An emerging sidelight at the annual Prithvi Theatre Festival is its selection of fringe offerings that are usually showcased at Prithvi House, a first-floor assembly space in the residential building that overlooks the iconic theatre and café. The curation is often hit-and-miss, as is arguably the case with the main festival, but there are many diamonds in the rough waiting to be unearthed by lay audiences and connoisseurs alike. This year’s fringe threw up two separate lyrical offerings from two upcoming actors turned writers turned directors. Indulging his predilection for poetry, Trinetra Tiwari put up Putai, a series of elegiac vignettes staged in a dialect that was a raw mix of Hindi and Marwadi, with musical interludes to boot. And Ajitesh Gupta presented Jo Dooba So Paar, co-directed with Mohit Agarwal. Two years in the making, it is a musical dastangoi on the life and times of Amir Khusrau. Incidentally, Tiwari and Gupta are flatmates in one of the suburban Andheri’s many aspirational enclaves.
Satire, bite, and politics
In Putai, Tiwari plays a Rajasthani putaiwala (or ‘house painter’) clad in orange regulation overalls not quite splattered with paint, the labor being entirely simulated. He and his Bihari co-worker (Durgesh Kumar) are de facto narrators of the piece and wear lightly the many couplets at their disposal, handling both the colloquial and literary rhythms of free-flowing verse that never seems out of meter. The play features a tight ensemble of actor-singers, who bring to life episodes from the lives of nameless entities like courtesans in decline or star-crossed lovers or, much more surreally, a lion embarking on a journey to the fictional realm of Tilimistaan. The latter sequence took off from a poem Tiwari had recited at a recent spoken word event organized by Kommune, a storytelling hub.
There is certainly satire and bite and political undercurrents in Putai, but the intensity of verbal expression doesn’t quite allow us to break away to gather our thoughts, which then dissipate and disappear as they came. What remains is a visceral puddle of melancholia and loss, punctuated cursorily by lacings of humor.
Given that we are still early into its run, the scenes in Putai don’t quite move into one another seamlessly, and the play comes across as a loose consortium of scattered ideas, but what is ultimately a powerful unifier is the consistent flavor of tongue employed by the earnest Tiwari.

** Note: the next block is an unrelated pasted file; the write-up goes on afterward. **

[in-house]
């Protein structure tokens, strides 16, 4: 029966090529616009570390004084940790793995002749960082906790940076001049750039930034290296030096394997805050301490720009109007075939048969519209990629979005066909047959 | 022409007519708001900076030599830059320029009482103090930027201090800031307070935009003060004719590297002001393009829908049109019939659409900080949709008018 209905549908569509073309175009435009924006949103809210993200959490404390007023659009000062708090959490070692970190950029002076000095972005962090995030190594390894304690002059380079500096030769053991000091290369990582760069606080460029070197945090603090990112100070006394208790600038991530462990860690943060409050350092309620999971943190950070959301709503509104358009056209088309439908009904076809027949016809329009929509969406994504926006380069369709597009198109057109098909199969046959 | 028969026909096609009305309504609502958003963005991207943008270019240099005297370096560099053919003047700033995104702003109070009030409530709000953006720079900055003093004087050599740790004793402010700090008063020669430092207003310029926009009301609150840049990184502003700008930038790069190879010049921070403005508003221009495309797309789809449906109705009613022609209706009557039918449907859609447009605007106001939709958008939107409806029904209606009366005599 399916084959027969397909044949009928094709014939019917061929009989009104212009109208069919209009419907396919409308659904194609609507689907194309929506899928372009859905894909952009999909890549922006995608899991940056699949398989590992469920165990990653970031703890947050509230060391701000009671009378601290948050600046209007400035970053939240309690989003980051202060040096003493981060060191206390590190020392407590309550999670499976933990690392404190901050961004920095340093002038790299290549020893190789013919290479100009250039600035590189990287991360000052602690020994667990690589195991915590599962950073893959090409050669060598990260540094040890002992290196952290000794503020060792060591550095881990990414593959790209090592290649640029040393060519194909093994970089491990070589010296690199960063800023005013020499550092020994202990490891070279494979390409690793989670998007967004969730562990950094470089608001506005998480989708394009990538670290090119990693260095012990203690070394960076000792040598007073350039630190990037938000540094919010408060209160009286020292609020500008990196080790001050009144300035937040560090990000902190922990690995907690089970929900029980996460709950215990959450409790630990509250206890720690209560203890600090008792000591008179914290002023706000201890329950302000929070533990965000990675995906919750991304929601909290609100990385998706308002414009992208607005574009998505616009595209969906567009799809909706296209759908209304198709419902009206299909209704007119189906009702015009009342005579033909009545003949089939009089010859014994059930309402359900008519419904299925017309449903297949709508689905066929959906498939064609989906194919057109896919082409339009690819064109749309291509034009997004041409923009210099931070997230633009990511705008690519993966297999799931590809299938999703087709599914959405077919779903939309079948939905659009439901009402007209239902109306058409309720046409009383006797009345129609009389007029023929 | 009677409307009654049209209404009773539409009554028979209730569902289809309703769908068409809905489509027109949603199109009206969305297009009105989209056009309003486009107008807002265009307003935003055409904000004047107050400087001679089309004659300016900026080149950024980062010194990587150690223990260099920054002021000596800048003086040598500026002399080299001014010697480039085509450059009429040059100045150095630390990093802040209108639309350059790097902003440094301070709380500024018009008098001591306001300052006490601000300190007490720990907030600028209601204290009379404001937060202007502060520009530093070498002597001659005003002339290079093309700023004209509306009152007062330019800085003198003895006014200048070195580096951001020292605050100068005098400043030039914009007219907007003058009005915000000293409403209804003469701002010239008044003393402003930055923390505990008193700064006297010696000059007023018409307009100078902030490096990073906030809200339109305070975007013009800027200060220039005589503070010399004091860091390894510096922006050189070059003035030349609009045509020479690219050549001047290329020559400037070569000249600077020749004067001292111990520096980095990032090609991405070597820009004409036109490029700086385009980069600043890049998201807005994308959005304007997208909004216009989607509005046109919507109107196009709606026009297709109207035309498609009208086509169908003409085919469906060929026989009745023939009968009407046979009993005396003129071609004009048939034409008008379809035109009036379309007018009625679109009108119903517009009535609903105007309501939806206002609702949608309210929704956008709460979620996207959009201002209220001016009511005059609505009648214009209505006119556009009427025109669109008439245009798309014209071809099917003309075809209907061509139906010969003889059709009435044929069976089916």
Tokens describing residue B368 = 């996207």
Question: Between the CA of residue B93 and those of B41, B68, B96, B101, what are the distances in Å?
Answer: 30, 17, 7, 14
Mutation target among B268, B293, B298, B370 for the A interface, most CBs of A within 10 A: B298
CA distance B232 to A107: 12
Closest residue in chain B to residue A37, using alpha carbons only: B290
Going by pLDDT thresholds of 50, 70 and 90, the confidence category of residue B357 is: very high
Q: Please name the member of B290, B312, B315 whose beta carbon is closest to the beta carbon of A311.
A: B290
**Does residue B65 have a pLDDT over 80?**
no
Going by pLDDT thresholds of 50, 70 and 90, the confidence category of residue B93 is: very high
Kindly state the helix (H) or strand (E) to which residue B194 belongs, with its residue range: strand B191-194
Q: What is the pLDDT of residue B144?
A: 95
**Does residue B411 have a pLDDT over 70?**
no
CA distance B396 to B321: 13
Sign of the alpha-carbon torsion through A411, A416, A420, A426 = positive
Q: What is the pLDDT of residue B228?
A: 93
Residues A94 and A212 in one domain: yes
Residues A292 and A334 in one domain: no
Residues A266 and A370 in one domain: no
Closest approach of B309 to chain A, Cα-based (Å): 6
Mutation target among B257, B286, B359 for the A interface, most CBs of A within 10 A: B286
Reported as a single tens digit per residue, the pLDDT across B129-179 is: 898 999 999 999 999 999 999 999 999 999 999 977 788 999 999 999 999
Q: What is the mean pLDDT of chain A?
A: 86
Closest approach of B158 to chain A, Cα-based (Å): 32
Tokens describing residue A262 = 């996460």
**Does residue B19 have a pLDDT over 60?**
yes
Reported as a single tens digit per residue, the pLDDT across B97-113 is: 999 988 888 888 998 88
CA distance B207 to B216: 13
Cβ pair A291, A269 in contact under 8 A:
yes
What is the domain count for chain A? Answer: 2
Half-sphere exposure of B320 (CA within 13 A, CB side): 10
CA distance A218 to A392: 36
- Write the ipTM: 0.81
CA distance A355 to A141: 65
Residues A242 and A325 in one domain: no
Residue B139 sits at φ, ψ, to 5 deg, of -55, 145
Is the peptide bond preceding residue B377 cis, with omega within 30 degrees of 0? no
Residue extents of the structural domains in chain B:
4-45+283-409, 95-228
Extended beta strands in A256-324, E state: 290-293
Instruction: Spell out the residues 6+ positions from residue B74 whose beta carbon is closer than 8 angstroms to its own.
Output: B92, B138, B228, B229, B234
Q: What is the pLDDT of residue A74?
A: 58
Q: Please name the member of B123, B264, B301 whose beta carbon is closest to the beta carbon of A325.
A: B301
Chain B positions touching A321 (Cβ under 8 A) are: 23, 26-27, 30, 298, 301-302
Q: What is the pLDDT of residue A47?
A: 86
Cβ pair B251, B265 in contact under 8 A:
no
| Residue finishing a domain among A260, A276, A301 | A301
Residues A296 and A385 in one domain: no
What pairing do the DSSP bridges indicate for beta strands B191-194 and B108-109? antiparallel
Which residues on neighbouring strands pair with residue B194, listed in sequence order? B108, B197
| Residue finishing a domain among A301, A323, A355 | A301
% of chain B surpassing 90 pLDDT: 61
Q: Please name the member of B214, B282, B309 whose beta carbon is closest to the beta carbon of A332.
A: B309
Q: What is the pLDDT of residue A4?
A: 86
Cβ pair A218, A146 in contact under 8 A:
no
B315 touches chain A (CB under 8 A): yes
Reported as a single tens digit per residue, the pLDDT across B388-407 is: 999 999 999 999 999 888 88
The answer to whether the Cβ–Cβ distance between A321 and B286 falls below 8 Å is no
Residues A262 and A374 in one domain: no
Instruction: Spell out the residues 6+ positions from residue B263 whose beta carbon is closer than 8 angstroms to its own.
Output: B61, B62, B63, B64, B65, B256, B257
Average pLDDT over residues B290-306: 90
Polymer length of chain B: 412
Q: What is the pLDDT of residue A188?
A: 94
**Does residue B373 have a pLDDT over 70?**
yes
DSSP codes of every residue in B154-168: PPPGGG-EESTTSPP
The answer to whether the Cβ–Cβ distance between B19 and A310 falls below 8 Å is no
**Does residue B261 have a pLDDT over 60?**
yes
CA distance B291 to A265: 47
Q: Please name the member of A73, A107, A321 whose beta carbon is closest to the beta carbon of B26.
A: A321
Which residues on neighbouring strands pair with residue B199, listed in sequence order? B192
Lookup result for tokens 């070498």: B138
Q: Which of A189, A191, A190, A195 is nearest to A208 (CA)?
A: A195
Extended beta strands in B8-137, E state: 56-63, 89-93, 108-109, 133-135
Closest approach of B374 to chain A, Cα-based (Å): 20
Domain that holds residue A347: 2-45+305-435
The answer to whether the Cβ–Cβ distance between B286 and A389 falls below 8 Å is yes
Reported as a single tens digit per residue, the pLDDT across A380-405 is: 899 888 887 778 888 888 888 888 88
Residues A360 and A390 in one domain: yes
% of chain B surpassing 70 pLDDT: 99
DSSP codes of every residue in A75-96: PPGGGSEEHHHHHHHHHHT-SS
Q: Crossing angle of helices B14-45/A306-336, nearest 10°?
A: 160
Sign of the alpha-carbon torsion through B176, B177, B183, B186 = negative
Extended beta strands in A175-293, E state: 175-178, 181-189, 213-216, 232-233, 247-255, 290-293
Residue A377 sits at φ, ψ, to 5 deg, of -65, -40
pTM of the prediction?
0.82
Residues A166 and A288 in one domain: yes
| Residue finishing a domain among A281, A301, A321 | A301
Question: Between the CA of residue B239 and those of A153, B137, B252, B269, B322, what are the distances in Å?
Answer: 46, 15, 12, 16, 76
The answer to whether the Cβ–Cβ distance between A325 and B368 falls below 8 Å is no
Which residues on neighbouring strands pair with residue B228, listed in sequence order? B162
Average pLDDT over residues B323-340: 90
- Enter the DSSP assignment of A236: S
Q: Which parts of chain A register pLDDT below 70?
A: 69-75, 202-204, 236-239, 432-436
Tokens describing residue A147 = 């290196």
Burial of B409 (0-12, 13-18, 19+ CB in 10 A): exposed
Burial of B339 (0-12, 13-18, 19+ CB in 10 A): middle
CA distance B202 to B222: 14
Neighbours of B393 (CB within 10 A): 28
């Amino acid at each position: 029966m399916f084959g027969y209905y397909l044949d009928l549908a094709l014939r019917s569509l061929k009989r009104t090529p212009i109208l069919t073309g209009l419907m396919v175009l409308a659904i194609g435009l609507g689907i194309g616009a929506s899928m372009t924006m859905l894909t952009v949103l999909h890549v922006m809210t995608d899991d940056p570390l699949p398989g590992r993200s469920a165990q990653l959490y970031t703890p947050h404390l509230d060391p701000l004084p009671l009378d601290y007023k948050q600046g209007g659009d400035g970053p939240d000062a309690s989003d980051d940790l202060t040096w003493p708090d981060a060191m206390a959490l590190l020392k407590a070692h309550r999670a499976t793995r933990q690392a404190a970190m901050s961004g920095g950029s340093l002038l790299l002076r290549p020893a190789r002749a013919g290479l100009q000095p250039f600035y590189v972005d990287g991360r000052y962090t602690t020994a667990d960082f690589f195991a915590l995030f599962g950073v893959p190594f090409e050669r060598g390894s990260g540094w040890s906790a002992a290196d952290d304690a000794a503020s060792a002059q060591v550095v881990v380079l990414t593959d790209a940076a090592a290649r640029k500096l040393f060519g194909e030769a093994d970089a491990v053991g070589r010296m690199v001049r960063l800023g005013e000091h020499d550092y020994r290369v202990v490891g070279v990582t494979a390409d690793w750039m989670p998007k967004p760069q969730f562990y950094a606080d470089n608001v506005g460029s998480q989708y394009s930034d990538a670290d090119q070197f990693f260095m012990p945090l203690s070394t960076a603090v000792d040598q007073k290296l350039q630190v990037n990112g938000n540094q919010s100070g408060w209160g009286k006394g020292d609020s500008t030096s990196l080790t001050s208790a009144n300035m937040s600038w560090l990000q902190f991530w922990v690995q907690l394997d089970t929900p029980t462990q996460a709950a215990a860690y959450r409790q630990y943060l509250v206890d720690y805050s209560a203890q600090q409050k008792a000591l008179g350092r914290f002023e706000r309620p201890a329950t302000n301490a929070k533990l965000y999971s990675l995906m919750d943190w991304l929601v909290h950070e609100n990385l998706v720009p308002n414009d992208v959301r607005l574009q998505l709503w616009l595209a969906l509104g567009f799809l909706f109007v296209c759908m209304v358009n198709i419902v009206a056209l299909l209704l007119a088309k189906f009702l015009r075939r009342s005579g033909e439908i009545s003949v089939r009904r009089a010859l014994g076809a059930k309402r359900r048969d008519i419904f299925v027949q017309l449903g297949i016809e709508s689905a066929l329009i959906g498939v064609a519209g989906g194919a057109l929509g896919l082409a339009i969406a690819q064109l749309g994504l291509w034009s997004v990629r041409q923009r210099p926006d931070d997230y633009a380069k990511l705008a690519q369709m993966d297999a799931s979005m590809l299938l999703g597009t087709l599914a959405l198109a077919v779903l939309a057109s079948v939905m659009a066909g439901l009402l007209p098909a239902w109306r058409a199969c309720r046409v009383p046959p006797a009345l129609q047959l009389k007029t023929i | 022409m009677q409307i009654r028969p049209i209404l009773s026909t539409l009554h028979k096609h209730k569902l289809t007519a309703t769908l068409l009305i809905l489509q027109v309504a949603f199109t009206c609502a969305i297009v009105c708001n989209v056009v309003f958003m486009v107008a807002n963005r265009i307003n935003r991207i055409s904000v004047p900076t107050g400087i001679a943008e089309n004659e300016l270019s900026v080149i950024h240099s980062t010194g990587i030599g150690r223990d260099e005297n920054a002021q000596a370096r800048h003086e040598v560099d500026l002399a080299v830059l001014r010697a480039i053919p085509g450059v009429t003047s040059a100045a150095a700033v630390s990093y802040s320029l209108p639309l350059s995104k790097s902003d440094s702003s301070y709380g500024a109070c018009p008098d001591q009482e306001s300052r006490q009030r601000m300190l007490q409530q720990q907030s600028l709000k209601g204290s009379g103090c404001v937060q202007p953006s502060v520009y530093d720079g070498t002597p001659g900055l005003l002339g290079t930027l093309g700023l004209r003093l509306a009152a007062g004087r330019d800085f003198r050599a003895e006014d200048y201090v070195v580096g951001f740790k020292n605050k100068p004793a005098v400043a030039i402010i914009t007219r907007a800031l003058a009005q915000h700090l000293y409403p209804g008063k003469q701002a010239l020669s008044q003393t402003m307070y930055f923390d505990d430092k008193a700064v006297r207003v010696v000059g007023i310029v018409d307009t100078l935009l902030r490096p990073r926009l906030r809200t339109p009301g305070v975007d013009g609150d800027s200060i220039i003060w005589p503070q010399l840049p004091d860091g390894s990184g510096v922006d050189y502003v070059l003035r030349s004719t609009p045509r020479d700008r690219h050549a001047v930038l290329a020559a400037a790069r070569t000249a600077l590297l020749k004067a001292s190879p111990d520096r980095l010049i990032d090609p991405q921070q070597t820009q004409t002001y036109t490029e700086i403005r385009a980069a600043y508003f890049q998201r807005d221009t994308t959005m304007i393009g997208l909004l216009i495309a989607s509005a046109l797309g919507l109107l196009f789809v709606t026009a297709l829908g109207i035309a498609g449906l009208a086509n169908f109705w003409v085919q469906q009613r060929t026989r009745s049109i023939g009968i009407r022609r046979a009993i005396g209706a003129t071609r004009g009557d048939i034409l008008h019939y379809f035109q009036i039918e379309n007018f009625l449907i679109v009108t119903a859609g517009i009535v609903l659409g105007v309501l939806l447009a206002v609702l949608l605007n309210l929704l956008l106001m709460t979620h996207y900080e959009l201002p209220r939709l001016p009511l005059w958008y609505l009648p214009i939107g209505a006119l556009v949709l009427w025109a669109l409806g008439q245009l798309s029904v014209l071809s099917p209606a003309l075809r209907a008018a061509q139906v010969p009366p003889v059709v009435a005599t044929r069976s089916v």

Taking its title from one of Khusrau’s love-poems, Jo Dooba So Paar has been produced by Manav Kaul’s Aranya group, where Gupta cut his teeth as a theatre practitioner for almost a decade — managing productions, acting, and co-directing his first directorial effort, Island — while establishing himself as a regular on the Prithvi circuit. As in Putai, the director-duo of Jo Dooba So Paar have positioned themselves as its raconteurs-in-chief, clad in 19th century white angrakhas typical of dastangos, or exponents of the particular form of oral Islamic storytelling revived by Mahmood Farooqui at the turn of the 21st century. This weekend, the play will be staged at a special dinner for patrons at Jaipur’s luxurious Clarks Amer Hotel, as part of Jairangam, the Jaipur Theatre Festival. It is a piece in which Gupta and Agarwal can give ample display of their singing chops and boyish buoyancy of spirit.
The traditional dastangoi performance dates back to the 13th century. The Persian strand evolved in the 16th century when the 46-volume Hamzanama was first compiled. The manuscript detailed the whimsical exploits of Khusrau’s namesake Amir Hamza, which were narrated as oral dastaans in the court of Akbar (circa 1560). Centuries earlier, Khusrau himself had produced a dastaan-like lyrical masterwork (in the masnavi form) based on the saga of Deval Devi and Khizr Khan (who were contemporary figures).
More recently, his riddle-poems were compiled into a tome, Amir Khusrau: The Man in Riddles, by the late dastango Ankit Chadha, who performed excerpts from the book in the manner of an intrepid dastaan at its book launch.
Others like Syed Sahil Agha have staged their own Dastan-e-Amir Khusrau, and there have been heritage walks in Delhi that end with a musical dastangoi based on the relationship between Khusrau and his pir, Nizamuddin Auliya.
Gupta’s work is yet another chapter in a canon that marries a distinctive theatrical form with the persona of the very individual considered to be a progenitor of the language that is now its mainstay.
This post was written by the author in their personal capacity.The opinions expressed in this article are the author’s own and do not reflect the view of The Theatre Times, their staff or collaborators.